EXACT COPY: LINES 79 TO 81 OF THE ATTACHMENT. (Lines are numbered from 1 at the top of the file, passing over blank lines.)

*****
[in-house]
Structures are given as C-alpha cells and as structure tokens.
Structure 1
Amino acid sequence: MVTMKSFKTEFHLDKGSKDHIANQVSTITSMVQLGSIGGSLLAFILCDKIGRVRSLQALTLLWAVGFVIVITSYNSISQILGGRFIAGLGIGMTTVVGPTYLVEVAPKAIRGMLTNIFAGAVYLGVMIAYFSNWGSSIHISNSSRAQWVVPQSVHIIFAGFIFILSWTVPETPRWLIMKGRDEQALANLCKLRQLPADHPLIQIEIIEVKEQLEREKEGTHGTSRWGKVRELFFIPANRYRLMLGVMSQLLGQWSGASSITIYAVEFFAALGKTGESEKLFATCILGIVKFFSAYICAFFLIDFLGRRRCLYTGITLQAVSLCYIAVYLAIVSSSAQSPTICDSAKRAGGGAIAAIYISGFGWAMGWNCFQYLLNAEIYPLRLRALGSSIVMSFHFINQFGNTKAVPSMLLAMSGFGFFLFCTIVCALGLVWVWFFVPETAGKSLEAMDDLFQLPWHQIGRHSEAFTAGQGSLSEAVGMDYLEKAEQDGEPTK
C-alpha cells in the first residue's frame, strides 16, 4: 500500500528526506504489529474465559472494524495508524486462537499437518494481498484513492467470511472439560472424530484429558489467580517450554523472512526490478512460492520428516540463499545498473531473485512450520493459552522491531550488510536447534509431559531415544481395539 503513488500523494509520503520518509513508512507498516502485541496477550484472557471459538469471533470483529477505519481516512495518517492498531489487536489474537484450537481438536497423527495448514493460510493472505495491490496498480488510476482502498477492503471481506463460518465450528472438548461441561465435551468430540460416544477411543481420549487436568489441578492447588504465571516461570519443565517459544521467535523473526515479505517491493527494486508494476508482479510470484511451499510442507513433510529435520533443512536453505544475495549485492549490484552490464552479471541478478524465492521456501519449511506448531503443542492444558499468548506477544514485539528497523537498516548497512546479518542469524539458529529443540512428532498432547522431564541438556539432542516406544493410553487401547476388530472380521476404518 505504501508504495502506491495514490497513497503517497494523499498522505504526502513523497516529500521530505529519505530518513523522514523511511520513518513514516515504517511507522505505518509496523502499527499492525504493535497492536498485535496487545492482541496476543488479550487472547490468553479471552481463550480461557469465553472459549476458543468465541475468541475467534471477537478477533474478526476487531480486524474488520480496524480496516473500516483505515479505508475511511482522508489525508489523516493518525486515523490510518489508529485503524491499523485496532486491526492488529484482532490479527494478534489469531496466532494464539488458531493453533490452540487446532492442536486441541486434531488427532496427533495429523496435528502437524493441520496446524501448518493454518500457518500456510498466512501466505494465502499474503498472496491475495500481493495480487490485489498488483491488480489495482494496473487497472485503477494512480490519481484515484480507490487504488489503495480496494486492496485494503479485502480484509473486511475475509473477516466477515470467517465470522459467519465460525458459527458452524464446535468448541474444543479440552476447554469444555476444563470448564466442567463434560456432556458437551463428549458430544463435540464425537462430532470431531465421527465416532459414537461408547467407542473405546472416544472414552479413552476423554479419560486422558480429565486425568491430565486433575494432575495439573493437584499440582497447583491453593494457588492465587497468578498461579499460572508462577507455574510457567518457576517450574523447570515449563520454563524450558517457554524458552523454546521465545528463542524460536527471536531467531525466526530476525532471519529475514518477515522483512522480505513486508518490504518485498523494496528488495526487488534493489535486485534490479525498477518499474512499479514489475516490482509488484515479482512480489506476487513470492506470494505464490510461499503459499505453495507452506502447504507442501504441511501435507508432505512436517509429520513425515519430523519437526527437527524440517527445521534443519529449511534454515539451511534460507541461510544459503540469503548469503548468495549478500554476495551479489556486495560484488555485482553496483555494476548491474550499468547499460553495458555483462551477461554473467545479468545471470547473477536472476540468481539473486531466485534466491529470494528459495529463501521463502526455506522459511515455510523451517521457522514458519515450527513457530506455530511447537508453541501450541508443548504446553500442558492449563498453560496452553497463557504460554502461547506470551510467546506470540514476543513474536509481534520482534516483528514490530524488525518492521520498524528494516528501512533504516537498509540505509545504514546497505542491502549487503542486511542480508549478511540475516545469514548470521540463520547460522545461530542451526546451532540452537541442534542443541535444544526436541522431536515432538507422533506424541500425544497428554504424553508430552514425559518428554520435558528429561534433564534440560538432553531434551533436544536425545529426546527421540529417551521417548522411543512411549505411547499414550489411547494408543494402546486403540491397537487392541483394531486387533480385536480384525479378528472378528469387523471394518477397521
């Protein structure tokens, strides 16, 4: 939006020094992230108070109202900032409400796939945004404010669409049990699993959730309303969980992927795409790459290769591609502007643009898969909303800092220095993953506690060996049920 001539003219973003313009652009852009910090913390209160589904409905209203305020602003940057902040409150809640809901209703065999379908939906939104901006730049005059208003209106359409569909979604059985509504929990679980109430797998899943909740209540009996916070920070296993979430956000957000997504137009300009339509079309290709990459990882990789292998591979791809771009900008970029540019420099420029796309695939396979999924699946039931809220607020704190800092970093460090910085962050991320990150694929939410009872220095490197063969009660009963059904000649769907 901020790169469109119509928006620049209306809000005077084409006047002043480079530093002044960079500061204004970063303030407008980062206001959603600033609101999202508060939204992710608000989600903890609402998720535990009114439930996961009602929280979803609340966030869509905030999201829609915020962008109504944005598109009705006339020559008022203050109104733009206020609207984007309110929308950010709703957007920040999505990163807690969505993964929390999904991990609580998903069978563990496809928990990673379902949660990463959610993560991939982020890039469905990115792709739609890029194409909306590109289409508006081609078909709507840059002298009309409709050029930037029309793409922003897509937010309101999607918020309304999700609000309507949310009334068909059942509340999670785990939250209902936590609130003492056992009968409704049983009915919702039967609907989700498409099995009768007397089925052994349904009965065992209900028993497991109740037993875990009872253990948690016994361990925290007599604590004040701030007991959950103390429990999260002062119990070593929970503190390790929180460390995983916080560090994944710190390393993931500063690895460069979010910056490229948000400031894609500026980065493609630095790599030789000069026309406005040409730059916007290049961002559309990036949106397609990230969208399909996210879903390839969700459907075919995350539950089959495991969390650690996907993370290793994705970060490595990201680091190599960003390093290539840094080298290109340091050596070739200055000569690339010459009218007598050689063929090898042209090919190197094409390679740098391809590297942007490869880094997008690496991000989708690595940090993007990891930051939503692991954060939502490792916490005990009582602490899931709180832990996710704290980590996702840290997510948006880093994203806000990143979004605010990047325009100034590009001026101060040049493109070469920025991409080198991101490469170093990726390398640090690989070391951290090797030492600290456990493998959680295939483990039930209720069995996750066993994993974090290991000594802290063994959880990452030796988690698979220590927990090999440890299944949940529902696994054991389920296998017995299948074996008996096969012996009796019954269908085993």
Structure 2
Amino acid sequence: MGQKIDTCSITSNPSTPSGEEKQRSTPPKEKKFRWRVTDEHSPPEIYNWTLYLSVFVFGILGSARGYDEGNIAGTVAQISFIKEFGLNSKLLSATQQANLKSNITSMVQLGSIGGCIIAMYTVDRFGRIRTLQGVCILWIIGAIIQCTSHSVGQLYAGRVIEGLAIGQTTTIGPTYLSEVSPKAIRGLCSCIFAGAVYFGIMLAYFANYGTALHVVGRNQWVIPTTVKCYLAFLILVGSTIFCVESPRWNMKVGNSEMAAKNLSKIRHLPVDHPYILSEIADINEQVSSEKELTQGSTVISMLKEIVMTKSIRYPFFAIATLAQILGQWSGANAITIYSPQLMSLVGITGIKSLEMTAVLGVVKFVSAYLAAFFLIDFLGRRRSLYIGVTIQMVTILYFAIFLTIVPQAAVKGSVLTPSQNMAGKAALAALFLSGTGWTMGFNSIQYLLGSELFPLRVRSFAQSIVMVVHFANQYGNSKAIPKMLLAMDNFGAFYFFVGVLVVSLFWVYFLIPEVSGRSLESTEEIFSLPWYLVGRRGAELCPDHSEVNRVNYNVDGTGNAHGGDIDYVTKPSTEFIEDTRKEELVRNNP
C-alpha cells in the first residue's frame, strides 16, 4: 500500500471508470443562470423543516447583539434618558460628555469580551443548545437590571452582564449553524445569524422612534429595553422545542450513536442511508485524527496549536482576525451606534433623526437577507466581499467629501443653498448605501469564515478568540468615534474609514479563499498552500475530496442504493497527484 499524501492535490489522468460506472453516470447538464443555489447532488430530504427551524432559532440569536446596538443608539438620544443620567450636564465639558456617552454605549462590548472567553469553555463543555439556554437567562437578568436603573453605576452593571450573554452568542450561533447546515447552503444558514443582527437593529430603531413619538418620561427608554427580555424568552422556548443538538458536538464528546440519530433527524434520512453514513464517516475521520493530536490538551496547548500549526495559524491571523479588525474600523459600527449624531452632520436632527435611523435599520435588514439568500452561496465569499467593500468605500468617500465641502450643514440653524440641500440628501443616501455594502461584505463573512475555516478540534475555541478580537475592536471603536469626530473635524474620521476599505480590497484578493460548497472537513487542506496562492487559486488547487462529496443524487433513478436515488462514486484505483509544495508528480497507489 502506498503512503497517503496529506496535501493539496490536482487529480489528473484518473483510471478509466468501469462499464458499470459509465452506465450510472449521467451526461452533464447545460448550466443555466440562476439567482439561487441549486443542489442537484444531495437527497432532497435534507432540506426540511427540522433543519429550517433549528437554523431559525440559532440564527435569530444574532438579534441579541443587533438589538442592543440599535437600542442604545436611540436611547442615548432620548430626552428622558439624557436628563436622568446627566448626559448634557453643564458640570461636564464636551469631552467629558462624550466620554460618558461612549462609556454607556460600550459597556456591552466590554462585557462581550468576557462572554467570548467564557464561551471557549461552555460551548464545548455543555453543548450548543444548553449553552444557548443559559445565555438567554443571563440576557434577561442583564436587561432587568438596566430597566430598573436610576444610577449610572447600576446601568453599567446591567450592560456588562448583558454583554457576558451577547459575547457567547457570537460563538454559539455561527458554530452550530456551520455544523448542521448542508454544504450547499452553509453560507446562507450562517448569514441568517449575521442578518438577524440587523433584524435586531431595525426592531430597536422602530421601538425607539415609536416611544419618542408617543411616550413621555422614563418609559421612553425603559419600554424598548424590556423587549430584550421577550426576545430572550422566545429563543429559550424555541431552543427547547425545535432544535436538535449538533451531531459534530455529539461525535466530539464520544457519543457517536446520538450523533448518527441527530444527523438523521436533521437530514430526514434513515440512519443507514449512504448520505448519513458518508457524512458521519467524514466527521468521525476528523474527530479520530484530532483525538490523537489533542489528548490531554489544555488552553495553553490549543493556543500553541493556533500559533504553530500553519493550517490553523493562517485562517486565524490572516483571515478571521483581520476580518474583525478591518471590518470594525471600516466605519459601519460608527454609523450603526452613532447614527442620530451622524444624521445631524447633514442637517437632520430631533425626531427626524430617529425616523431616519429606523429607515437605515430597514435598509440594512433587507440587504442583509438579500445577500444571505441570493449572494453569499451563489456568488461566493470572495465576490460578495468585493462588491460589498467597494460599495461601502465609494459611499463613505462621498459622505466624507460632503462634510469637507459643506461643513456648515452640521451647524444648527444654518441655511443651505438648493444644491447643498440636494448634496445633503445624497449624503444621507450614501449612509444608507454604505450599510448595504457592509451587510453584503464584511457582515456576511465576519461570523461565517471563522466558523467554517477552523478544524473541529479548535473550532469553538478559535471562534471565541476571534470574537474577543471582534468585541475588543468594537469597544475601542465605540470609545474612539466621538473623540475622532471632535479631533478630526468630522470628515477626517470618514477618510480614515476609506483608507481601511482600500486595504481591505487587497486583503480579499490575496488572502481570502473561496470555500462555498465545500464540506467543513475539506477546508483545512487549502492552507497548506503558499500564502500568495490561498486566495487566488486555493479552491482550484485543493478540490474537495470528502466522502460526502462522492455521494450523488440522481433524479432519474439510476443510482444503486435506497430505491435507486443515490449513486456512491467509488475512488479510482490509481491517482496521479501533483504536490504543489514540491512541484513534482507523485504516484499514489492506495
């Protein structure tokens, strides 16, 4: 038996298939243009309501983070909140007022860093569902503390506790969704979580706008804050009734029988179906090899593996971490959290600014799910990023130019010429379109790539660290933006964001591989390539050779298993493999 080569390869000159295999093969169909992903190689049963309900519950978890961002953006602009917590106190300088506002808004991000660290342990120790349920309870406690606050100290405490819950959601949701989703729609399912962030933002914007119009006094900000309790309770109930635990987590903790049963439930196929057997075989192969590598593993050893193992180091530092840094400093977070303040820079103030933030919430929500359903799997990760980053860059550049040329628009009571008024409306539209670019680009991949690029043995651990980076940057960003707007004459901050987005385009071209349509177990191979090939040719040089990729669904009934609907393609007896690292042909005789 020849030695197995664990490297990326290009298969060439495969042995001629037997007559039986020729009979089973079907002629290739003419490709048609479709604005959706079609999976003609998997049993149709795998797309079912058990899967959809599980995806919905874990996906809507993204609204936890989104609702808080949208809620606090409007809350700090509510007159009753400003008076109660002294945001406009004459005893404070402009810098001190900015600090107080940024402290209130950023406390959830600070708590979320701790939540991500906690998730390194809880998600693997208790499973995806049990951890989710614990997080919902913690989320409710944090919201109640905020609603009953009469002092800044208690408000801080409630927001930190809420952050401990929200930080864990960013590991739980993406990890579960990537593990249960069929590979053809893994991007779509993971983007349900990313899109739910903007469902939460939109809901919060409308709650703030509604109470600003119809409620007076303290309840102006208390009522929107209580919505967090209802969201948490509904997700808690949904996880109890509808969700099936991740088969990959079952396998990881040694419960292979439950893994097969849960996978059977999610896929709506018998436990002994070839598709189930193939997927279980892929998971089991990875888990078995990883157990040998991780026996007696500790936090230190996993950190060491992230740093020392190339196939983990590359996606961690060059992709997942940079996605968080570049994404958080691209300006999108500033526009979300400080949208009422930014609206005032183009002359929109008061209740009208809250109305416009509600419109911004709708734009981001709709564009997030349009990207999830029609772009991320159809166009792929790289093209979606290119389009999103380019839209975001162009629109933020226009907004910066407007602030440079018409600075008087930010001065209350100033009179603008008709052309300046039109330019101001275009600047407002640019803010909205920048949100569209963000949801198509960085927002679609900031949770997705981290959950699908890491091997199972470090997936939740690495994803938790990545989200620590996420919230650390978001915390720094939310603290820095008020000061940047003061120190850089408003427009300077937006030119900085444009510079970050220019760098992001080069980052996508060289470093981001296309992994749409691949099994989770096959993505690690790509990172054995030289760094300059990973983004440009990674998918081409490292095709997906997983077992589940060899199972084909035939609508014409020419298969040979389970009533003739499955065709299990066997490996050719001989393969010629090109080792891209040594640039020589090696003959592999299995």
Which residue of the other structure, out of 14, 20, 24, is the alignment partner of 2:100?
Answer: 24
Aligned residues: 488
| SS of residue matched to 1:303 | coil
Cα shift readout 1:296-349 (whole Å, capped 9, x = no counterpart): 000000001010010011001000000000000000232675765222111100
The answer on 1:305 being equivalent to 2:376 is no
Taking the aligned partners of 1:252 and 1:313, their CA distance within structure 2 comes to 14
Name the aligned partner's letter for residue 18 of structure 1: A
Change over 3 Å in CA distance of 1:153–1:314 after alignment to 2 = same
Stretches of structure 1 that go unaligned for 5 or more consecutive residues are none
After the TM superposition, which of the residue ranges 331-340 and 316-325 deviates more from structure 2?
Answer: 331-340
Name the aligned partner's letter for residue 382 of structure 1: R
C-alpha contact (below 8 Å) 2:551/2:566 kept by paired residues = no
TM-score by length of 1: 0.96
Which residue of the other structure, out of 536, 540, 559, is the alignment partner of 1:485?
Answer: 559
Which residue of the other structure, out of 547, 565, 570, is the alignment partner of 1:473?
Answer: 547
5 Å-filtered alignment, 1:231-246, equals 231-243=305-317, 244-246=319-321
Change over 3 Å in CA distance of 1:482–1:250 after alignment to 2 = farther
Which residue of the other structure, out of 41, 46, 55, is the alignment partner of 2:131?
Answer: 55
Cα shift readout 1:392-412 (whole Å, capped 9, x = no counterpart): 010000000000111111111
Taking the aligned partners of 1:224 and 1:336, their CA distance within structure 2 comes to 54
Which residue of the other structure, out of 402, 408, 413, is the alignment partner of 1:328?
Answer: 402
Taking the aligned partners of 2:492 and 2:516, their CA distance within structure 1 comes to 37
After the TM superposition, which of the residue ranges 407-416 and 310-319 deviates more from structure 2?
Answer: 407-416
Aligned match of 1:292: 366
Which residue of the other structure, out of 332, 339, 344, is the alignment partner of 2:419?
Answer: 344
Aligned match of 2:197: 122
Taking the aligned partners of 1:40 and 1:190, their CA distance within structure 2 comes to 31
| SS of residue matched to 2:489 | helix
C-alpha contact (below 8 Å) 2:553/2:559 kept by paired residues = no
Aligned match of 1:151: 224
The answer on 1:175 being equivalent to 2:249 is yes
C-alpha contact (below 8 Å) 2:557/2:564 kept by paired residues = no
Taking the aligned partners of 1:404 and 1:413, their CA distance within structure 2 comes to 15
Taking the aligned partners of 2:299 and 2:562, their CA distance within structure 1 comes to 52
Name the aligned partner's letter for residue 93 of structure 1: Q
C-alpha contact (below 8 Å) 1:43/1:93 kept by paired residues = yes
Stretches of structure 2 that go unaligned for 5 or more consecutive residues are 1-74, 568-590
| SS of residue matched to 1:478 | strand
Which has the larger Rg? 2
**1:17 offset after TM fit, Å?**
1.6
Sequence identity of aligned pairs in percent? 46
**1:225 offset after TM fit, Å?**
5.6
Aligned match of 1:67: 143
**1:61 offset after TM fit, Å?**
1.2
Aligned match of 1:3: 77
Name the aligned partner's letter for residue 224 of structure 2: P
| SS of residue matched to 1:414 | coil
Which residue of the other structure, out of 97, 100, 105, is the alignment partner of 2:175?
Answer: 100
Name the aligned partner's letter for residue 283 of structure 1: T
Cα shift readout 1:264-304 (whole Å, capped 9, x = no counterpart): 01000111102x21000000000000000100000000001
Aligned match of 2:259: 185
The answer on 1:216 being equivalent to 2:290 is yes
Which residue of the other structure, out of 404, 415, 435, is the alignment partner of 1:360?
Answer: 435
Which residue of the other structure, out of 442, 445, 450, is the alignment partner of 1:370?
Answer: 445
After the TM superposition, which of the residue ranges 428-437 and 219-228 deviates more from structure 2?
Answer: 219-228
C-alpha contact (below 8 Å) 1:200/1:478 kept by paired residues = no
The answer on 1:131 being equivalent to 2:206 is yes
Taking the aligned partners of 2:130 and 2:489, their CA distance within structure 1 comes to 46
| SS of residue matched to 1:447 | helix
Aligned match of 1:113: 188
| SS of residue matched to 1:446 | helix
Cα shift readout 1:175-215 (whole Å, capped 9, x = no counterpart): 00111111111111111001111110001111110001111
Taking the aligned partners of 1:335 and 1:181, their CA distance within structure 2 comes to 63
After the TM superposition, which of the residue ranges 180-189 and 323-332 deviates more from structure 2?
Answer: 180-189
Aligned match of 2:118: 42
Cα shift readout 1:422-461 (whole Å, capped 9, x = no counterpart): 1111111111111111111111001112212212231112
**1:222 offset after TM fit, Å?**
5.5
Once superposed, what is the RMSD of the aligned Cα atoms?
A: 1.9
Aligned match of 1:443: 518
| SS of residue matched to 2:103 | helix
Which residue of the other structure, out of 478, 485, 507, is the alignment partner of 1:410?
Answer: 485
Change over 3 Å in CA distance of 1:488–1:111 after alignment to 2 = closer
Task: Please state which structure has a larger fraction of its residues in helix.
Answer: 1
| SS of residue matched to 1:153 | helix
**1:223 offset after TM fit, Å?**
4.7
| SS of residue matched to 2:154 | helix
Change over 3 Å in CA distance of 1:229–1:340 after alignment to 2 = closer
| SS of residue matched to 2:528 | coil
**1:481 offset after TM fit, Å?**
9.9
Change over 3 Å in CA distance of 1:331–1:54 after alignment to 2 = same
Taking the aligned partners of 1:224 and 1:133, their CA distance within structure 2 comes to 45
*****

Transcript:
After the TM superposition, which of the residue ranges 428-437 and 219-228 deviates more from structure 2?
Answer: 219-228
C-alpha contact (below 8 Å) 1:200/1:478 kept by paired residues = no